Need 2-month data to approve COVID-19 vaccine: US FDA

By Backend Office, Desk Reporter
US FDA
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The US Food and Drug Administration (FDA) has finally made its process behind COVID-19 vaccine approval public answering some very critical questions on why the US has been considerably slow in sanctions for the vaccine compared to its counterparts. 

Authorities made it clear that they require at least two months of follow-up data after trial volunteers have their second dose wherever it is applicable to provide any form of emergency approval for a COVID-19 vaccine.

Also Read: COVID-19 vaccine by year-end possible; WHO Chief

The latest update from the country’s federal agency makes it highly unlikely to have an approved COVID-19 vaccine available for the public before the much-hyped President Donald Trump’s timeline of November 3 when the nation goes for Presidential poll.

The newly released document from the FDA stated that “Data from Phase 3 studies should include a median follow-up duration of at least two months after completion of the full vaccination regimen to help provide adequate information to assess a vaccine’s benefit-risk profile.”

Both US-based vaccine manufacturers Moderna and Pfizer began their series of final stage trials in late July with both requiring two separate injections 28 days apart as part of their regimen.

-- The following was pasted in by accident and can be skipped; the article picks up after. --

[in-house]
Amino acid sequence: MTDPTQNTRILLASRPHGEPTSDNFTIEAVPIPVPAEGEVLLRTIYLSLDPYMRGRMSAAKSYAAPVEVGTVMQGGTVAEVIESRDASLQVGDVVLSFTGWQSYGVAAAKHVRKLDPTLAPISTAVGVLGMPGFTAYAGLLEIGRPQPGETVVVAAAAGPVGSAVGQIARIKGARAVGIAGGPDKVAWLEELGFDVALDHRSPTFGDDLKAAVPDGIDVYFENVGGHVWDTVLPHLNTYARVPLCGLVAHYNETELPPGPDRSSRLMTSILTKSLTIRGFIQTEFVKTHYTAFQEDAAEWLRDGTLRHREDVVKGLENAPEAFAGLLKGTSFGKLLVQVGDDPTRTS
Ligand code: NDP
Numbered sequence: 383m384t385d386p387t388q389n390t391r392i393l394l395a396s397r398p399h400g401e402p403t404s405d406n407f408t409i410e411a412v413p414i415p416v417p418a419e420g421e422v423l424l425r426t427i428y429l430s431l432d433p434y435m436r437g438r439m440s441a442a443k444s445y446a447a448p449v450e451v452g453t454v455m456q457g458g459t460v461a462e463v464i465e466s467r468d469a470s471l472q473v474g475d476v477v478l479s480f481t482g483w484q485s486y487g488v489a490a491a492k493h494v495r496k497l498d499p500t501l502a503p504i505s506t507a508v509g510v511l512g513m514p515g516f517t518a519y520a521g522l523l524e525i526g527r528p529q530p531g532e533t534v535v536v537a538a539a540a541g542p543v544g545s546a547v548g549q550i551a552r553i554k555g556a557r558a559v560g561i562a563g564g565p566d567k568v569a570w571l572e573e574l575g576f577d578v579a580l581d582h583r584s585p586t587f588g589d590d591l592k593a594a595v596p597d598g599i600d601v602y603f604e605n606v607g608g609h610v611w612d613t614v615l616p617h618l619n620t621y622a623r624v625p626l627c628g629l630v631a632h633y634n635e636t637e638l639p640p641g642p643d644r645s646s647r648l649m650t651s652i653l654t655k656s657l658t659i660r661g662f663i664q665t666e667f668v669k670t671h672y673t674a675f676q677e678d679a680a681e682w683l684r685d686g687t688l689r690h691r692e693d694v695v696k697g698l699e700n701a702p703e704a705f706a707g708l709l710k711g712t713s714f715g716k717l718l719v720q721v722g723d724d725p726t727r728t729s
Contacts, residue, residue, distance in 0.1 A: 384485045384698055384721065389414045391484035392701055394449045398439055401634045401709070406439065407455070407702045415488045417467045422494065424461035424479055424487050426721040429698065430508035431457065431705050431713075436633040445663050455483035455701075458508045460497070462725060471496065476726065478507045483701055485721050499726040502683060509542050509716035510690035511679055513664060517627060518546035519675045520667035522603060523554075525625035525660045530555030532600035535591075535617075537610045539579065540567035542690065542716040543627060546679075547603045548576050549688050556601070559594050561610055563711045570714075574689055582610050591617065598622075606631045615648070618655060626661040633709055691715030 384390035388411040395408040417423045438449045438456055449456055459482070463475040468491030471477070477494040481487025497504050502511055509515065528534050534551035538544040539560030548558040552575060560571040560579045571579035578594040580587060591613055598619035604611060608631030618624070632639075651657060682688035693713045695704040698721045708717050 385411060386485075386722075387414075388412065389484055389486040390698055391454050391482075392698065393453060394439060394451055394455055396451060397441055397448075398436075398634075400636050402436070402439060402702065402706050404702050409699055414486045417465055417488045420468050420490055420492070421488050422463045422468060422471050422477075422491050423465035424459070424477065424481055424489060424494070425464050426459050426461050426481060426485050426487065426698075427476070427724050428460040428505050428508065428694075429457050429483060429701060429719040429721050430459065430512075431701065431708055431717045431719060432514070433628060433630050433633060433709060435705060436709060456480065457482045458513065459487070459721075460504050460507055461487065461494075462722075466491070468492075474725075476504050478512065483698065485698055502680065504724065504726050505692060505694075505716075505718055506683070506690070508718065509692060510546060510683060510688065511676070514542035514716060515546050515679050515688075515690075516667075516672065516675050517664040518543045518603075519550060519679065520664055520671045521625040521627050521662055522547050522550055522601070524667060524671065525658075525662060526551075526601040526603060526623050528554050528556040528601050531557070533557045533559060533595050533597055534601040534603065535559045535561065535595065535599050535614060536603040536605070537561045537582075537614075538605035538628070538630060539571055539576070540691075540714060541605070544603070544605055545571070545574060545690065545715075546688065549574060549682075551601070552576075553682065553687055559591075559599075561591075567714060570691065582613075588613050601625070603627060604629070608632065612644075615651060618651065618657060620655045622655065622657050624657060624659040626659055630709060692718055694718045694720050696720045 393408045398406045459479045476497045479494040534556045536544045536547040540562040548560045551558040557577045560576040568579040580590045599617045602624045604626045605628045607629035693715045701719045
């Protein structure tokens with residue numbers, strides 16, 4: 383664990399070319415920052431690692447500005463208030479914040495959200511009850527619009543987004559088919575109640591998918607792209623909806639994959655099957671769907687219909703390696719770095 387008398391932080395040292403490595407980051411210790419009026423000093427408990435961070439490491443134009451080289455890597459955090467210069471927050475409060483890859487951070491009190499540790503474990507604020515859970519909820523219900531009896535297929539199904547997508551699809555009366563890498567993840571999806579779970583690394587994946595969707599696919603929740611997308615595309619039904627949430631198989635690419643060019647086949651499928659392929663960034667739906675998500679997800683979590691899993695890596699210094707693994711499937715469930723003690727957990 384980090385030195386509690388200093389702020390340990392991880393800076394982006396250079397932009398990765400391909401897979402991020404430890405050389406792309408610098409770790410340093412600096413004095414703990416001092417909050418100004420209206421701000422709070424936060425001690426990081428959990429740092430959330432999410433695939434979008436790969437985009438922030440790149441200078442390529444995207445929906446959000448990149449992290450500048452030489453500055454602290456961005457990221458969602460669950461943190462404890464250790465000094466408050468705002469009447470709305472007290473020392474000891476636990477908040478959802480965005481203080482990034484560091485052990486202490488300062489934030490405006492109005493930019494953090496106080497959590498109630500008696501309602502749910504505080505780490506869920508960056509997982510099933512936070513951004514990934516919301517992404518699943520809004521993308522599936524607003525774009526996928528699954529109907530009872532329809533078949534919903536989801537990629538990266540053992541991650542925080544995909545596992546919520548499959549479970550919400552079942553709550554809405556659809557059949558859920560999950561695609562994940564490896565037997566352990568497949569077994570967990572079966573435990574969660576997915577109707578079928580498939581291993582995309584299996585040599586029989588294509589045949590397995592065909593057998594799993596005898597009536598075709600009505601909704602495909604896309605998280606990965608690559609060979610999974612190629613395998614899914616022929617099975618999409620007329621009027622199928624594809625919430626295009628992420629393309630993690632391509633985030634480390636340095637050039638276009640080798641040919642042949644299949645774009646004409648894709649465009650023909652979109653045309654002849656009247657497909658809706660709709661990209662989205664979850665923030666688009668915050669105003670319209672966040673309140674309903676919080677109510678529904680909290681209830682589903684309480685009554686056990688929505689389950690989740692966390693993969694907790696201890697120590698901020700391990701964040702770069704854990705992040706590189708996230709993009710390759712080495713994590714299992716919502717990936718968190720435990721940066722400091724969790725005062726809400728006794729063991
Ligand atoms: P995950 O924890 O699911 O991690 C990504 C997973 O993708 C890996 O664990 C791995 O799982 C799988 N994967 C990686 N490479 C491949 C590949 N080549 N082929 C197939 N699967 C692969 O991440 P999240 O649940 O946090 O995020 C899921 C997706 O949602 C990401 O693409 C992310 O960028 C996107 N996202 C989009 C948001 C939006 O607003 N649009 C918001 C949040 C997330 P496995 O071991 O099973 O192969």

That timeline would provide only very little data (mostly from the initial volunteers) to be available by the end of October making the results inconclusive to be used as valid proof of the vaccine’s efficacy leading to any approvals.

Stephen Hahn, Commissioner of Food and Drugs at the federal agency commented that “FDA is committed to making the COVID19 vaccine development process & our scientific evaluation as open & transparent as possible.”

The news has received mixed responses from various sections with President Trump disapproving of the move saying “New FDA Rules make it more difficult for them to speed up vaccines for approval before Election Day. Just another political hit job!”. US Media reported that Capitol Hill saw the two-month follow-up period as unnecessary and did not want the FDA to implement it.

Meanwhile, health experts in the country welcomed the judicious move by the FDA remarking it as a sign of the agency acting responsibly in the face of political pressure.

Related: COVID-19 vaccine trials on children should resume immediately: Oxford

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